Dunham’s Is Done

Dunham’s Is Done

Effect of jog on Falls Road is lessened.

The orange barrels are all gone. After almost eight months, the State Highway Administration completed work on the section of Falls Road known as Dunham’s jog. The spot takes its name from Dunham’s, a business which had been where Cherner auto is now.

The project, which started on Oct. 7 after years of work by Del. Jean Cryor (R-15) and then-Sen. Jean Roesser (R-15), was supposed to last 50 days, but was repeatedly extended due to weather-related delays. "The total cost is not going to exceed that [originally budgeted] $390,000," said Chuck Gischlar, spokesperson for the State Highway Administration.

"I think the whole intersection looks a lot better," Cryor said. "It’s worth all the effort it took."

Previously drivers going south on Falls Road as they approached River would suddenly find themselves in a left turn lane. Those unfamiliar with the area would sometimes cut across traffic, or go straight from the turn lane, creating a hazardous condition.

"I definitely know it’s relieving congestion on the Falls Road side," Cryor said.

The State Highway Administration’s solution was to remove what had been a traffic island from the center and to acquire a strip of land in front of Mitch and Bill’s Exxon, allowing them to widen the road.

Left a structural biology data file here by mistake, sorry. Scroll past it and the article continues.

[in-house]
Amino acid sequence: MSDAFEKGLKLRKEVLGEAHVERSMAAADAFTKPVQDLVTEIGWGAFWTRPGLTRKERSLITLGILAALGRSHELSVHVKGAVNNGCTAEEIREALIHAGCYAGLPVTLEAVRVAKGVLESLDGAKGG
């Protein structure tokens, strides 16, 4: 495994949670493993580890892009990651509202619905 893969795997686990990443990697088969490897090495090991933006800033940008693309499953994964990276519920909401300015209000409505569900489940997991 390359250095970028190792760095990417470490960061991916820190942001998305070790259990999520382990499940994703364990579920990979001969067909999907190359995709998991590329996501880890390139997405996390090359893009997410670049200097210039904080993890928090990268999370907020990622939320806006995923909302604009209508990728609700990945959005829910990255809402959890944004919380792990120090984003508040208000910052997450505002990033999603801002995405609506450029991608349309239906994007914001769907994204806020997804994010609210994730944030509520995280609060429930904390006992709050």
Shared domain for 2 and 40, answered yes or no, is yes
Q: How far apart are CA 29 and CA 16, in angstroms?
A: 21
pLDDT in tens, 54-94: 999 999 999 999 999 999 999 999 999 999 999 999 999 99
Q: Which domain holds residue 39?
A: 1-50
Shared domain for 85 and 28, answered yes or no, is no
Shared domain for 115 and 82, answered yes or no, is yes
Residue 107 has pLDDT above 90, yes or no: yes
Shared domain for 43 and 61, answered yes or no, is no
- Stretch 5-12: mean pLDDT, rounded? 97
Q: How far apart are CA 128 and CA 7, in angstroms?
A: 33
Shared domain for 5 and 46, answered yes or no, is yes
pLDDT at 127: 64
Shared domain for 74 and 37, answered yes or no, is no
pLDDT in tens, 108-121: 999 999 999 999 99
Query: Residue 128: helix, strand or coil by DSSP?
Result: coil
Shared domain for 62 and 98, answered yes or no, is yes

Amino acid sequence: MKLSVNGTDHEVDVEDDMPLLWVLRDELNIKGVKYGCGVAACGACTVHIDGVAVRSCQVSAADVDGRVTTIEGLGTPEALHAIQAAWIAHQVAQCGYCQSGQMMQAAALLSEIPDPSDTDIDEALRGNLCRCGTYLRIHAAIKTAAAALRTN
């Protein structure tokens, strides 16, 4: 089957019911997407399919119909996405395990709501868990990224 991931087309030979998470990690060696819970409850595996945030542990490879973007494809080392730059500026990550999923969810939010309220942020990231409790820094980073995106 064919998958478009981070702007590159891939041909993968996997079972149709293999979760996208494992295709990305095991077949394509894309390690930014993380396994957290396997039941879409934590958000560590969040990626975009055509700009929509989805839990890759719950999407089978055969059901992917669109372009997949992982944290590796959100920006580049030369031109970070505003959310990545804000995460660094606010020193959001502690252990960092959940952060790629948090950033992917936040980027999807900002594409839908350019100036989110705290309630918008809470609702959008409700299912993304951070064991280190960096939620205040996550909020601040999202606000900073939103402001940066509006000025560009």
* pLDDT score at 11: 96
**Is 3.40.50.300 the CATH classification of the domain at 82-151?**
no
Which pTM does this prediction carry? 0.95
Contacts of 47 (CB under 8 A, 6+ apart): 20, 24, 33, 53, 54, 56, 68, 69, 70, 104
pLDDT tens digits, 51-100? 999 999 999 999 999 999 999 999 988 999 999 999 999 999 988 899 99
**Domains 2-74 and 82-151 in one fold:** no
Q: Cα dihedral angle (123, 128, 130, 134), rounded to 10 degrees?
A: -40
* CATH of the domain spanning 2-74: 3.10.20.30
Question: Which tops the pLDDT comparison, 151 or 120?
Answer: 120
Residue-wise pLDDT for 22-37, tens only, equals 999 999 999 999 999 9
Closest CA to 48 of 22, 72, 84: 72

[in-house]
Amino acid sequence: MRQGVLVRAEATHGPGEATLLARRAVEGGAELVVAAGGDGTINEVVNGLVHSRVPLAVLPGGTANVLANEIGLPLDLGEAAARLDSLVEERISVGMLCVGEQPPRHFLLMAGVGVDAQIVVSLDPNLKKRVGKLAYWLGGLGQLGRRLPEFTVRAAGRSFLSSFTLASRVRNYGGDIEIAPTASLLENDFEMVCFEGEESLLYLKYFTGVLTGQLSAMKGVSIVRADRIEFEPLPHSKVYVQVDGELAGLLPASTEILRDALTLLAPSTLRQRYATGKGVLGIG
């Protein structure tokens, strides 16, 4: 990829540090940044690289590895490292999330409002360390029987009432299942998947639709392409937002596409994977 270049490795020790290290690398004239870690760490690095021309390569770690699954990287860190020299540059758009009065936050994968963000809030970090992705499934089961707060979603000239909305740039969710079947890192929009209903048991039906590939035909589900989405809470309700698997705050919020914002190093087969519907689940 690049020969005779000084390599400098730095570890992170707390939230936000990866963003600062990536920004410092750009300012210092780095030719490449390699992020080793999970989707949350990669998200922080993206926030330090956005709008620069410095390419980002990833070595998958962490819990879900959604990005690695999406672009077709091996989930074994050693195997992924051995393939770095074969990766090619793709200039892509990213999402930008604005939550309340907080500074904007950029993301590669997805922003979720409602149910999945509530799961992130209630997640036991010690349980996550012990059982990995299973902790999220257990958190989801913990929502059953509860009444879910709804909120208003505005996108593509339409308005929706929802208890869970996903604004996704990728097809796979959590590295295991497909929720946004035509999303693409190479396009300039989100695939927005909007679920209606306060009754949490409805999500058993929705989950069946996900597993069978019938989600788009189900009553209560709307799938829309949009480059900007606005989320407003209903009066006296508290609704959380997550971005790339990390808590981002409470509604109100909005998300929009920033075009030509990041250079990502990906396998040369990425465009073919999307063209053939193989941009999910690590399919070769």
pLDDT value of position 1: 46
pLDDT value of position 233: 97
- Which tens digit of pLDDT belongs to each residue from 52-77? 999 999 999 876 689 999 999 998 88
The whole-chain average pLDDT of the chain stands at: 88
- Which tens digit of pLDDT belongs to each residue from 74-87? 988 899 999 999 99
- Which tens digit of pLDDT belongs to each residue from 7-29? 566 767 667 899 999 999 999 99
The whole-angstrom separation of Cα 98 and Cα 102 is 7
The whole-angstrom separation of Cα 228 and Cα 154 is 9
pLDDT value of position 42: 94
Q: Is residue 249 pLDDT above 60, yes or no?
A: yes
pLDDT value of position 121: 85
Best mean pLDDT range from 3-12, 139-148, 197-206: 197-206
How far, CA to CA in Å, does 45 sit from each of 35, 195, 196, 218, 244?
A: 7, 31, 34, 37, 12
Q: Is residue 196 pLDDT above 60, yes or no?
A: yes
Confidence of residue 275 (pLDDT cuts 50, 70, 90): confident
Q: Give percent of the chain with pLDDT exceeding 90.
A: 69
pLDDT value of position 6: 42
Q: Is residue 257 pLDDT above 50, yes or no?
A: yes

Now drivers must choose to enter the left turn lane, instead of being forced into it.

"I think they did the best they could do," said Elie Pisarra-Cain. Pisarra-Cain owned the strip of land in front of Mitch & Bill’s.

Pisarra-Cain thinks that there is still work to be done at the intersection. "We still need to remove that jog," she said. Some drivers may have difficulty adjusting to the new pattern.

That new pattern is going to include making the far right lane a right turn only lane, Gischlar said. After the proper signs come in, pavement markings will be added, making it.

At least once on Monday, one driver in the far right of the jog went straight, nearly causing an accident with a car in the next lane which was going straight. "It’s confusing when there’s a big change," Pisarra-Cain said.